Monday, September 15, 2008

Real American Heroes Help You Defeat Little Sisters

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The good side of being an older brother is that any time there's a dispute you win. The bad side? Well, any time there's a dispute you tend to get in trouble for it: "He started it!" you say. "Yes but you're older and should know better." "I had it first," is your argument. "Sure" mom says, "but remember you're oldest and you should learn to share more." "I barely touched him!" "I bet," comes the skeptical reply "and even so, you're older so you're stronger."

I won a single fight without a talking to as the oldest, and for that I'd like to thank GI Joe. I was around ten years old. As my younger brother Tim and I were playing, our younger sister, Becky, decided to follow. Presumably we were discussing something important. Probably some sort of high level, secret kid business that should Becky have discovered would have compromised sibling national security, or domestic tranquility. I don't know what our secrets were, but I'm sure President Bush would have understood the need for keeping our little sister in the dark. He probably would have done what we did too, which was to immediately run around the house to find somewhere away from her. The problem though was that little sisters catch on quick...and they can run too.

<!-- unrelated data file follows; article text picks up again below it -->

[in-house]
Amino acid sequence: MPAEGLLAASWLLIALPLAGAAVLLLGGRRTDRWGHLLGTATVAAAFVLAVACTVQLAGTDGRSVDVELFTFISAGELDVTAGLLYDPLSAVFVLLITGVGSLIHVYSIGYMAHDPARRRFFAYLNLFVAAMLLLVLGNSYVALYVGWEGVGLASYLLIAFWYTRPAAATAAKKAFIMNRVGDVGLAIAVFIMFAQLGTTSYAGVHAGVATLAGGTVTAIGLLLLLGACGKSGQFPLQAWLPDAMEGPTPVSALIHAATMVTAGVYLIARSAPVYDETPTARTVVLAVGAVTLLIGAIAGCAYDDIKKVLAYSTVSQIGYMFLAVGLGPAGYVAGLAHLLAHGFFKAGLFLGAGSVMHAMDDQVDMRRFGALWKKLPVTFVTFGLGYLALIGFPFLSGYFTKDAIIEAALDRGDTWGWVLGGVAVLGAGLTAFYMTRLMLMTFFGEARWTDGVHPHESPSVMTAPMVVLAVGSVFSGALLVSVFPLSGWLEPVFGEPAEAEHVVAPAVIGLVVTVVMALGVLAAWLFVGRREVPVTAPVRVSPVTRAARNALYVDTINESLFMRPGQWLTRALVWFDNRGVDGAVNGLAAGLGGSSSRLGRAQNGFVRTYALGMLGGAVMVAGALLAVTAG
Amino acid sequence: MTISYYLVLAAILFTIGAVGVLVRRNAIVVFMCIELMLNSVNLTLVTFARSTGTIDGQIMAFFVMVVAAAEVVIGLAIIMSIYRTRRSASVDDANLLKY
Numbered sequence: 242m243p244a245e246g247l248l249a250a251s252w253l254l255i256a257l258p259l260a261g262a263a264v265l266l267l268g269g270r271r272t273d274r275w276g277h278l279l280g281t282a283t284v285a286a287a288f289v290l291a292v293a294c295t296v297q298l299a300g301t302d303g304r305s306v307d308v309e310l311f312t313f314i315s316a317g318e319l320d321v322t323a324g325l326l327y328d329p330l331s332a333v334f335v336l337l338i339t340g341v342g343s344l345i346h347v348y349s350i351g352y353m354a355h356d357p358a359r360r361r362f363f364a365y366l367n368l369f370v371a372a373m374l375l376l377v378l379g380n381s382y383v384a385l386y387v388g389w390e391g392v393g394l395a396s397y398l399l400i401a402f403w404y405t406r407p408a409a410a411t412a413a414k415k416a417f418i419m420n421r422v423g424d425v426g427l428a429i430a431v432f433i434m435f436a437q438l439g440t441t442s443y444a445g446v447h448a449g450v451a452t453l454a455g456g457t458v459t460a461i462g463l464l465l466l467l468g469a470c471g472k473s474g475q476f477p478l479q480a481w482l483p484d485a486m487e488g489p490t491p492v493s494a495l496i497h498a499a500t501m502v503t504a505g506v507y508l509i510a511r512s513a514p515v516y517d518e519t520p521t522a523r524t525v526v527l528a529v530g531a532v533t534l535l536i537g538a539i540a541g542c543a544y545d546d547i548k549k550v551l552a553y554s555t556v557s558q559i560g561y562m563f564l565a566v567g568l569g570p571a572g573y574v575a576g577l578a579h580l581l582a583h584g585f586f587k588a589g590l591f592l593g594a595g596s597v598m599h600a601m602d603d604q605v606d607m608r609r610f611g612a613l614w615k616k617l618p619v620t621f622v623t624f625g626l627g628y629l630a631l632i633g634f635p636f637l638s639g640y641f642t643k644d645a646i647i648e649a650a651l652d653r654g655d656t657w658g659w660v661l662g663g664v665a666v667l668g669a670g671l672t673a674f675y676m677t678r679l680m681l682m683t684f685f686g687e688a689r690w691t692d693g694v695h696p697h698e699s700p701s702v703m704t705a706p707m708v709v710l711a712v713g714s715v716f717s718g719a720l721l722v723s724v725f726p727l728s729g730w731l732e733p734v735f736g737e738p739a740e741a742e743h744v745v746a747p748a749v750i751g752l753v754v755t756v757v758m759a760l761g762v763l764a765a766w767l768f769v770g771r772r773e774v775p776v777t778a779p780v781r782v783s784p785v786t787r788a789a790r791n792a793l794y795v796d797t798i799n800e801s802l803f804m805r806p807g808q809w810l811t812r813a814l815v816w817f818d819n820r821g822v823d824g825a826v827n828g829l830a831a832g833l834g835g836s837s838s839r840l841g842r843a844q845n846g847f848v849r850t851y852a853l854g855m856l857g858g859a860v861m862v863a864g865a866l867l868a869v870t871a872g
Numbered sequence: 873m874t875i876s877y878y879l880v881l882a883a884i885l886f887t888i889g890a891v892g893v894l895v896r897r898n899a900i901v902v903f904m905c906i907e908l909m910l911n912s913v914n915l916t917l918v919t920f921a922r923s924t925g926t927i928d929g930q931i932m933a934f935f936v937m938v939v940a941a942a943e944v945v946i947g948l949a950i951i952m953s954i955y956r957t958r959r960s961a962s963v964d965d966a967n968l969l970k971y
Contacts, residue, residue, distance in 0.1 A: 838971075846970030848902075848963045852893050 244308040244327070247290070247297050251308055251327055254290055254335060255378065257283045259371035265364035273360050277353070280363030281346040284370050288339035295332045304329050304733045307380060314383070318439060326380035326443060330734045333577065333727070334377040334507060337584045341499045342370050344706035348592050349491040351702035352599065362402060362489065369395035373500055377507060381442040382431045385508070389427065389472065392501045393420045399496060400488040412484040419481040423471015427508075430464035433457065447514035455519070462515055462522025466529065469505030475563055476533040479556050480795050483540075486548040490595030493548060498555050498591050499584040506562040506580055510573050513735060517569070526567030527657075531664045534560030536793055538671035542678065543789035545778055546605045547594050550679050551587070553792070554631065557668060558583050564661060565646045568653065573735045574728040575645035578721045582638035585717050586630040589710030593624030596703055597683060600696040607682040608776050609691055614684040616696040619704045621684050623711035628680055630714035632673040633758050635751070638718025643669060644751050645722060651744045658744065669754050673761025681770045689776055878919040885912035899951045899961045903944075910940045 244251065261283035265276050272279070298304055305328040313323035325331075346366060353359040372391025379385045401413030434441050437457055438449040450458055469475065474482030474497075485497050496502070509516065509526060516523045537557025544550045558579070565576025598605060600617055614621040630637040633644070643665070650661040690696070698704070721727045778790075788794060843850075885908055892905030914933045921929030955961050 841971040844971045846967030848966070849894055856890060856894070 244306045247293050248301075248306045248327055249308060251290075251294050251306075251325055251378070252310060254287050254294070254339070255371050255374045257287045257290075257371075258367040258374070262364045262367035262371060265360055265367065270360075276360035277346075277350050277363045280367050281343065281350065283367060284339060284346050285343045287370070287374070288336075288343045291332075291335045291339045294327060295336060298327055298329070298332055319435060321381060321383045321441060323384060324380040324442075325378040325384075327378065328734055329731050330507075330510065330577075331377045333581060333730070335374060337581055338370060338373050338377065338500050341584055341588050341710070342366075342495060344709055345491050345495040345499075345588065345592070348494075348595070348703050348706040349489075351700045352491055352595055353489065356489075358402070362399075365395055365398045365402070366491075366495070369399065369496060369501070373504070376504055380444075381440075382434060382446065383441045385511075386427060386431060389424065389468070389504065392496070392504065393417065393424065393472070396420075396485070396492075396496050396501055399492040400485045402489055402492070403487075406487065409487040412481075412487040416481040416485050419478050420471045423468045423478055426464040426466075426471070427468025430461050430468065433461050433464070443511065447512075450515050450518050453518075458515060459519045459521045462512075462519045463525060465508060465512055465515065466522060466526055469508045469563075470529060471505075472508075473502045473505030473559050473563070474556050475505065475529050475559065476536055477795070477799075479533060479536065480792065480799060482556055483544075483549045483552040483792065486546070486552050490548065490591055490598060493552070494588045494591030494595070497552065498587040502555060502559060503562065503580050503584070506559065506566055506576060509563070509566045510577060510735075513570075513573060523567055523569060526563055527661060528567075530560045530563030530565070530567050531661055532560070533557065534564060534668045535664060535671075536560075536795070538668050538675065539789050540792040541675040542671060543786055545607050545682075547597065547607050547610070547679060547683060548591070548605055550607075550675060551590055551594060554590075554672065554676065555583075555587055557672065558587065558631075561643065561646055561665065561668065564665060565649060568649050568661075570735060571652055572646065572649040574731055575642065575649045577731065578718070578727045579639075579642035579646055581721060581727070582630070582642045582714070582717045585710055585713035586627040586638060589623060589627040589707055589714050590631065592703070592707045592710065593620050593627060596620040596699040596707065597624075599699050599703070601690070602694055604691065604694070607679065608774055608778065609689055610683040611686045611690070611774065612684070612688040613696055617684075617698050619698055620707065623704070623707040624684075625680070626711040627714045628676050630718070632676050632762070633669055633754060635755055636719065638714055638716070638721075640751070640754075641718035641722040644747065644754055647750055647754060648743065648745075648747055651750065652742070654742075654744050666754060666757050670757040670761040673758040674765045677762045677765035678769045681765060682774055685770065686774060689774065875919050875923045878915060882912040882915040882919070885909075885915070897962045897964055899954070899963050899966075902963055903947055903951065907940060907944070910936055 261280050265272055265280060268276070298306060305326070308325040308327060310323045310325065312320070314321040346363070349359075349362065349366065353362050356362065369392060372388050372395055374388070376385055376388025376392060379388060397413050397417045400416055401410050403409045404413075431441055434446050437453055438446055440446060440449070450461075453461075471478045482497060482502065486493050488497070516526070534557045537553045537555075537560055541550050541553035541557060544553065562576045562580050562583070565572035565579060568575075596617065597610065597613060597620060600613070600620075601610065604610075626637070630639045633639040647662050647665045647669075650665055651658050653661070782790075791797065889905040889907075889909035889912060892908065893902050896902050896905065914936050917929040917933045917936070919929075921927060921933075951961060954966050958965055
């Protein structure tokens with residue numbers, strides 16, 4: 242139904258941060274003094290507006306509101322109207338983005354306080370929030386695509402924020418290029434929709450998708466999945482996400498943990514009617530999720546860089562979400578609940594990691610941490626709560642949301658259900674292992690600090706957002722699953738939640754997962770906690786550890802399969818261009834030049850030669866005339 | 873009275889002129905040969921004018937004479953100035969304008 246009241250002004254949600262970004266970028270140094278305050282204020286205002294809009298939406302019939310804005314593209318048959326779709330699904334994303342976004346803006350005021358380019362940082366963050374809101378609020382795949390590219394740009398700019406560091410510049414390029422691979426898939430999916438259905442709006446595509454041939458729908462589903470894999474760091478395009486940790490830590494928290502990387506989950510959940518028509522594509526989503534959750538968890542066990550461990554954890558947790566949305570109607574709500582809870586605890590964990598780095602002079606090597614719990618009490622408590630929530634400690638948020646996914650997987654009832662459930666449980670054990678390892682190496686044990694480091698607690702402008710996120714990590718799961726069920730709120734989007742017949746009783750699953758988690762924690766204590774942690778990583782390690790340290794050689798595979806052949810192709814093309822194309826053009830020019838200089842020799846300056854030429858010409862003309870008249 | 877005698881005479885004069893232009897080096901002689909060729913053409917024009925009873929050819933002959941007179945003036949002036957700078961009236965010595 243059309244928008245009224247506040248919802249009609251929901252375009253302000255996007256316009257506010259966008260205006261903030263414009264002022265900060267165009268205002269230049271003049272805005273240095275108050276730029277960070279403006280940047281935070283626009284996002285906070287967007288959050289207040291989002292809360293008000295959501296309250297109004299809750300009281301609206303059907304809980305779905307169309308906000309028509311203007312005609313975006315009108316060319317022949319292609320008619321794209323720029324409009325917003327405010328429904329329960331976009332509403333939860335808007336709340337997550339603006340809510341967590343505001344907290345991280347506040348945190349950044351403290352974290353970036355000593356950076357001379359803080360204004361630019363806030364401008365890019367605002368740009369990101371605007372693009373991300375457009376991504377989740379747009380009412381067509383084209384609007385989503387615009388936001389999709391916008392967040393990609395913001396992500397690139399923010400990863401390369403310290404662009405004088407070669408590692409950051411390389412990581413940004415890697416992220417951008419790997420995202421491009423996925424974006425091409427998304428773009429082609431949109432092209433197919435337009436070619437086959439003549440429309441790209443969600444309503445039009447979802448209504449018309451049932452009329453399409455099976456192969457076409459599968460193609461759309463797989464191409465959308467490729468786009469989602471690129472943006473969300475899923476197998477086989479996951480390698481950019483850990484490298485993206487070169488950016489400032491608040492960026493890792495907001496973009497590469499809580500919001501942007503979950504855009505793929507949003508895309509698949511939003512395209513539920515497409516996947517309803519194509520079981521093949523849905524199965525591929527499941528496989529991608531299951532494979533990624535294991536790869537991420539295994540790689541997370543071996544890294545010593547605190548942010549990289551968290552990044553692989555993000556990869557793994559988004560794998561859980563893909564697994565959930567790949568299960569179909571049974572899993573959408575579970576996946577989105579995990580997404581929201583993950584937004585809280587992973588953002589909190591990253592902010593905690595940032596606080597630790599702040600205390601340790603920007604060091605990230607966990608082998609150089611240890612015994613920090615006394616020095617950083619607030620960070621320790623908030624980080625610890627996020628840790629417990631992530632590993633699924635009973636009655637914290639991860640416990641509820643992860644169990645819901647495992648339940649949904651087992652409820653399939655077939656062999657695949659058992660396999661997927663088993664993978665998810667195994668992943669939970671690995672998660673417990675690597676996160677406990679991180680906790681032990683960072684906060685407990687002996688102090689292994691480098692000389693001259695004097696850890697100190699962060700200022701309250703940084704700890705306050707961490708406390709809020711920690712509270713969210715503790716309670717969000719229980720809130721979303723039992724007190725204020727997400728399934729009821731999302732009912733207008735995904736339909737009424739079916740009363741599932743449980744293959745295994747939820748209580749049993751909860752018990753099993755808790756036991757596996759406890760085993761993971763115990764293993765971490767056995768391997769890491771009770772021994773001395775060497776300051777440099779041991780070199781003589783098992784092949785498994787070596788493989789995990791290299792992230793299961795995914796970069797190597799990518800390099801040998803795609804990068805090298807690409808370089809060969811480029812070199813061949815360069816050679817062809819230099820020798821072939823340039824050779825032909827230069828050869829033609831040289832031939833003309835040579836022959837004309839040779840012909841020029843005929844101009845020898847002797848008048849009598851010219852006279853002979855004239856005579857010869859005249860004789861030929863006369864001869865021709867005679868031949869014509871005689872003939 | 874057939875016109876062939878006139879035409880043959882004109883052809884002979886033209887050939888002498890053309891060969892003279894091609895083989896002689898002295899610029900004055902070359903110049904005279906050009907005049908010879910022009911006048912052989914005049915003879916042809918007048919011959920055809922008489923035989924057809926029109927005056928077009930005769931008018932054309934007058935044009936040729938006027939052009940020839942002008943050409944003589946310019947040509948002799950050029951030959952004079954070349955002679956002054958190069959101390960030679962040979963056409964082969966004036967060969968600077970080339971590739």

After several laps, we hit upon a scheme to discourage pursuit. We'd borrow from the fighter jet scenes of GI Joe. Earlier we'd learned that the best way to win a dog fight was to fly directly into a cliff and pull up at the last second. Cobra's reactions were slower than those of the Joes. They wouldn't pull up in time and the maneuvers always resulted in a fiery crash of the Joe enemies followed by a chorus of heroic "YO JOE!" celebration.

Minutes later, we were adopting the cliff maneuver. I ran directly towards a wall, and like Barry Sanders, juked away just in time. Tim did the same, although surely with a bit less grace. In another part of the house now, we knew our youngest sister was trying the maneuver. CRASH! Then came the yelps for a parental figure.

Tim and I high-fived. We'd done it. Mom wasn't thrilled but our defense was rock solid. "We didn't touch her mom. In fact...we weren't even in the same room." She couldn't say a darn thing and we cleverly left out the part about our cartoon heroes so she wouldn't reconsider our tv-watching privileges.

Like George Bush, we valiantly defended ourselves from a dangerous outside aggressor. And like our friends Duke, Roadblock, and Flint we were finally able to celebrate: Yo Joe!

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